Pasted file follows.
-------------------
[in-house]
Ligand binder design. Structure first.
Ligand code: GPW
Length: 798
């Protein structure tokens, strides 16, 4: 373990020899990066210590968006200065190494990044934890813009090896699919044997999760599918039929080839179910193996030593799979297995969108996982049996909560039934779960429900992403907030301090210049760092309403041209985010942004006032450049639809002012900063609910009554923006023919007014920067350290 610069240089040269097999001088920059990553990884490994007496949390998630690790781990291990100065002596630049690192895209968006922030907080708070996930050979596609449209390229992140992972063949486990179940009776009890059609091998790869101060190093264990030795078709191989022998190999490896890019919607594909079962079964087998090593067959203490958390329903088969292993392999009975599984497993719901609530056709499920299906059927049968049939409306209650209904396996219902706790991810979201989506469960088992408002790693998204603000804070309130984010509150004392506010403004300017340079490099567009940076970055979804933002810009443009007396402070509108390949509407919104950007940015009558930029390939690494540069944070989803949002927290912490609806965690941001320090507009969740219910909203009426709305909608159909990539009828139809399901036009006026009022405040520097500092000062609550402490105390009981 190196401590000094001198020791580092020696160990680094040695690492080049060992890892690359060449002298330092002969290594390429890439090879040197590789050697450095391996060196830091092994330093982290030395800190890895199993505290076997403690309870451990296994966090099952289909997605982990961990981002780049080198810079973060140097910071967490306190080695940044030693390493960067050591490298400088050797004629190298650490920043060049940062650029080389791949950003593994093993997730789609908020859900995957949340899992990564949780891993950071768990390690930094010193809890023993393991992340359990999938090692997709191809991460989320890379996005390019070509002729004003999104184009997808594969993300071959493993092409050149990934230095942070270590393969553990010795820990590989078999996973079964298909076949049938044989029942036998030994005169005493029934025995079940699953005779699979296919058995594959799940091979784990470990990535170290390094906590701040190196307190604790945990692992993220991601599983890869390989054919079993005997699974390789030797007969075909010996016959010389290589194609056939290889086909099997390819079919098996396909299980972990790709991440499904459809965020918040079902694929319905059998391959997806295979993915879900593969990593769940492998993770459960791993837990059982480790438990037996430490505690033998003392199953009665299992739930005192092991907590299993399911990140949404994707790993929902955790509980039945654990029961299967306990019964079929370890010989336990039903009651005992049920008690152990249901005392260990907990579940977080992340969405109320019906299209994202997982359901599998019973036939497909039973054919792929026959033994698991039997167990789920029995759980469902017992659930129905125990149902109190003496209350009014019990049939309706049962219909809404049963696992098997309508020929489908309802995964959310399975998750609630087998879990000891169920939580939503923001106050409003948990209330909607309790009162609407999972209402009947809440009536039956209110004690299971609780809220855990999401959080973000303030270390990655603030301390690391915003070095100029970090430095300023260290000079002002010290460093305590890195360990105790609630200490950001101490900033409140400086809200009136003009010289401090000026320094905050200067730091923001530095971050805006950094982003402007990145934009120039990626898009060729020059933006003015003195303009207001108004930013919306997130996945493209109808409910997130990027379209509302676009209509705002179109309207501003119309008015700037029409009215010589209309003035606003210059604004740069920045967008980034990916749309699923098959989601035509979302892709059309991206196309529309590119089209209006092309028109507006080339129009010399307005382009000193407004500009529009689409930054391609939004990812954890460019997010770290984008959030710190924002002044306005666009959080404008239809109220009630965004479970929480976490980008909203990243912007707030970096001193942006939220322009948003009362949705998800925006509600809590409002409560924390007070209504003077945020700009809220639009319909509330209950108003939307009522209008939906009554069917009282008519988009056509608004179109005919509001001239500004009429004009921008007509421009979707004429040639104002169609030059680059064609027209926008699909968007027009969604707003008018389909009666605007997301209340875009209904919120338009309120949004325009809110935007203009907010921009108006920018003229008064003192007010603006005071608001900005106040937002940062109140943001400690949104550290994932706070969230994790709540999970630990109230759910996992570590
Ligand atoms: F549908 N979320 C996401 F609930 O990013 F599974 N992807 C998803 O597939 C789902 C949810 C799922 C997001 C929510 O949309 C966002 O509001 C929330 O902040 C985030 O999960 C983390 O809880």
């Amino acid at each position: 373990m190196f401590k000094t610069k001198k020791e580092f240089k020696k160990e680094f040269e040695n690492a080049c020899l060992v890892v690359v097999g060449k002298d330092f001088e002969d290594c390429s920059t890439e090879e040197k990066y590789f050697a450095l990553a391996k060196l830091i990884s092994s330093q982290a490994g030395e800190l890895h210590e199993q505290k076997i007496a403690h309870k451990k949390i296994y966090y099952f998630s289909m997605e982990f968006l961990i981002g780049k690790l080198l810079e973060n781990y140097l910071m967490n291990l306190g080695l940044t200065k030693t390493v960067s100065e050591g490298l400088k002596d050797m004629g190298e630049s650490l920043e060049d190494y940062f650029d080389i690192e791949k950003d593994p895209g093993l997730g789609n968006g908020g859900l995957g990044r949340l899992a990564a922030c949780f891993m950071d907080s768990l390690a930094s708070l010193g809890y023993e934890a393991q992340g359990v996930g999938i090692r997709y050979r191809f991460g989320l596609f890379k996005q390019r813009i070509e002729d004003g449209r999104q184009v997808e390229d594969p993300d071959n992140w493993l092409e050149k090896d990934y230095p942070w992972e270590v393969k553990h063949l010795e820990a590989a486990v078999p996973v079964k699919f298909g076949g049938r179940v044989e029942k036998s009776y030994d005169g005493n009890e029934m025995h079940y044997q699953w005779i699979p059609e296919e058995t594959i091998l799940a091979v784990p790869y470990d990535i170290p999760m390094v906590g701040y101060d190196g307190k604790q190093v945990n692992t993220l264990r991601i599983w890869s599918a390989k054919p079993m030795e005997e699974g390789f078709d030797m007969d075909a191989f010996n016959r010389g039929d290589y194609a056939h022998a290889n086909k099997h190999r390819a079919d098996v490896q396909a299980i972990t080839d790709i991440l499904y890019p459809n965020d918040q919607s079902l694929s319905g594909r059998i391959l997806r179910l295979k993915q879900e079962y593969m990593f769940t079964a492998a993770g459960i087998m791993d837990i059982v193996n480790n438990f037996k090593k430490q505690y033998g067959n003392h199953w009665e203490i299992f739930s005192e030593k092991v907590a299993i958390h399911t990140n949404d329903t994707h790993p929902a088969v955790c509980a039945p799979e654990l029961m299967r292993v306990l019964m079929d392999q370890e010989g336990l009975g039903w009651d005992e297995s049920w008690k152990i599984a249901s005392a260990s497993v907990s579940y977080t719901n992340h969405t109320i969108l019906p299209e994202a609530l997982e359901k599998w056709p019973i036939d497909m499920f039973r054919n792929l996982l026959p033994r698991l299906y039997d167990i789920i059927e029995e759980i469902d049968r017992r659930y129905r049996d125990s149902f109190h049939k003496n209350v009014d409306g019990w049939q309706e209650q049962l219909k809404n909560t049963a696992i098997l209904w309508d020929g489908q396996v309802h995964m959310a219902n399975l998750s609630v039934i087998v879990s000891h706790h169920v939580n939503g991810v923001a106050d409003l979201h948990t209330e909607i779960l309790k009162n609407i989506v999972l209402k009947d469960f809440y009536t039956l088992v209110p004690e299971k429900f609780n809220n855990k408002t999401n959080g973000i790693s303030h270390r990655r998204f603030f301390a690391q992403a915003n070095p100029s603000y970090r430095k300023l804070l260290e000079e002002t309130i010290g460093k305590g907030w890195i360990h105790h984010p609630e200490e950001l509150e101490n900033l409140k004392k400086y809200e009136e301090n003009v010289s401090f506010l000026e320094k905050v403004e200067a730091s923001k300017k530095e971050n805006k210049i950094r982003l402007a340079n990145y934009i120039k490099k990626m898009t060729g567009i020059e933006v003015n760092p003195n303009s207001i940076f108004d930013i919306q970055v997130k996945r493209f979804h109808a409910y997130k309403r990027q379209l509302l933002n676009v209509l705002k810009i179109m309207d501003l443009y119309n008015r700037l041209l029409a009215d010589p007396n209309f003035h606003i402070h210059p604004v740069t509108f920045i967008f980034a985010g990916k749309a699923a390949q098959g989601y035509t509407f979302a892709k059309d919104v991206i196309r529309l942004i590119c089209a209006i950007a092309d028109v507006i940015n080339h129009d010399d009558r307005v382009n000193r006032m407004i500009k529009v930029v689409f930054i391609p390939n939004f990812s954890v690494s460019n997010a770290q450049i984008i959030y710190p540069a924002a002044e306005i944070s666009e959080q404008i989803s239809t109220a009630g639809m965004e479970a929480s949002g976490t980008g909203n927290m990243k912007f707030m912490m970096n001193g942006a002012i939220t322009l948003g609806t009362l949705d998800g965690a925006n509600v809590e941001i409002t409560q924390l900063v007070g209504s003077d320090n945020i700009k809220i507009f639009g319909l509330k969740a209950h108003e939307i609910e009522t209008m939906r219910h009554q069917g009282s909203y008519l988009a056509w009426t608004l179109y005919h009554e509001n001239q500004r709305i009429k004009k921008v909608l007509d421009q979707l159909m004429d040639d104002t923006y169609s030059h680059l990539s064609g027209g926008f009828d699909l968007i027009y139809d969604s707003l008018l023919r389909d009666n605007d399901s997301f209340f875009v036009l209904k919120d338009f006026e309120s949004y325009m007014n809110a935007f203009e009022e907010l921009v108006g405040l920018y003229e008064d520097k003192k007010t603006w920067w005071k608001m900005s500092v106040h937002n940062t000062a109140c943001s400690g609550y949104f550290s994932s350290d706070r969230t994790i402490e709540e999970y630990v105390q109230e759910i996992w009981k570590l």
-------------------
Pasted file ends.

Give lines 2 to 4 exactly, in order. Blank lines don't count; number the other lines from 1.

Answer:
Ligand binder design. Structure first.
Ligand code: GPW
Length: 798